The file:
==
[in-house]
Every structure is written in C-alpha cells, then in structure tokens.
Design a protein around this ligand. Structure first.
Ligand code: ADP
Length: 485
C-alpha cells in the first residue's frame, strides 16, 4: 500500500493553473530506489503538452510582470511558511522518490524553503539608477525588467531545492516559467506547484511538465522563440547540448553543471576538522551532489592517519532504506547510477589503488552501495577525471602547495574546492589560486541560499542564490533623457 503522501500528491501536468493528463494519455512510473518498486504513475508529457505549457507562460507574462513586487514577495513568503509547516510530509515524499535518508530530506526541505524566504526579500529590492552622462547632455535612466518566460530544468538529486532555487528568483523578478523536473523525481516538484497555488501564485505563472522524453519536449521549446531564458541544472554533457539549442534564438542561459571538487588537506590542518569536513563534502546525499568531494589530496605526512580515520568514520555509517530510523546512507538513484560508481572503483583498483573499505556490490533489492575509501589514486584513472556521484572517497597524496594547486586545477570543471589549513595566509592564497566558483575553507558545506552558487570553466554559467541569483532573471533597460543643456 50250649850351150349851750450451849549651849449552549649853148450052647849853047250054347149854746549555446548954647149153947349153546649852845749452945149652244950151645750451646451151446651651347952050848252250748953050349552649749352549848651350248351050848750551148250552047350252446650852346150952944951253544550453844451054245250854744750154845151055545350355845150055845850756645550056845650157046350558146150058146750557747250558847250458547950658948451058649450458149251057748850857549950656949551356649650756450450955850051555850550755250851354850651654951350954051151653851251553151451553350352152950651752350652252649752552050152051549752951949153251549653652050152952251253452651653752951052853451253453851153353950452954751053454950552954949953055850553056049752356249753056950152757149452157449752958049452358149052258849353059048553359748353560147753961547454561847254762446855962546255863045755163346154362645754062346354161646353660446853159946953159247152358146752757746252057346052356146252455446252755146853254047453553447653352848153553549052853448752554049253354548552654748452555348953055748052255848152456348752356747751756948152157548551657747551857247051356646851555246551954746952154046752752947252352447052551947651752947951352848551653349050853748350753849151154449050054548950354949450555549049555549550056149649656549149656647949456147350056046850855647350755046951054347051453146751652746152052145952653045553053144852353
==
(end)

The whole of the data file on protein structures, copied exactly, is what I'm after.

[in-house]
Every structure is written in C-alpha cells, then in structure tokens.
Design a protein around this ligand. Structure first.
Ligand code: ADP
Length: 485
C-alpha cells in the first residue's frame, strides 16, 4: 500500500493553473530506489503538452510582470511558511522518490524553503539608477525588467531545492516559467506547484511538465522563440547540448553543471576538522551532489592517519532504506547510477589503488552501495577525471602547495574546492589560486541560499542564490533623457 503522501500528491501536468493528463494519455512510473518498486504513475508529457505549457507562460507574462513586487514577495513568503509547516510530509515524499535518508530530506526541505524566504526579500529590492552622462547632455535612466518566460530544468538529486532555487528568483523578478523536473523525481516538484497555488501564485505563472522524453519536449521549446531564458541544472554533457539549442534564438542561459571538487588537506590542518569536513563534502546525499568531494589530496605526512580515520568514520555509517530510523546512507538513484560508481572503483583498483573499505556490490533489492575509501589514486584513472556521484572517497597524496594547486586545477570543471589549513595566509592564497566558483575553507558545506552558487570553466554559467541569483532573471533597460543643456 50250649850351150349851750450451849549651849449552549649853148450052647849853047250054347149854746549555446548954647149153947349153546649852845749452945149652244950151645750451646451151446651651347952050848252250748953050349552649749352549848651350248351050848750551148250552047350252446650852346150952944951253544550453844451054245250854744750154845151055545350355845150055845850756645550056845650157046350558146150058146750557747250558847250458547950658948451058649450458149251057748850857549950656949551356649650756450450955850051555850550755250851354850651654951350954051151653851251553151451553350352152950651752350652252649752552050152051549752951949153251549653652050152952251253452651653752951052853451253453851153353950452954751053454950552954949953055850553056049752356249753056950152757149452157449752958049452358149052258849353059048553359748353560147753961547454561847254762446855962546255863045755163346154362645754062346354161646353660446853159946953159247152358146752757746252057346052356146252455446252755146853254047453553447653352848153553549052853448752554049253354548552654748452555348953055748052255848152456348752356747751756948152157548551657747551857247051356646851555246551954746952154046752752947252352447052551947651752947951352848551653349050853748350753849151154449050054548950354949450555549049555549550056149649656549149656647949456147350056046850855647350755046951054347051453146751652746152052145952653045553053144852353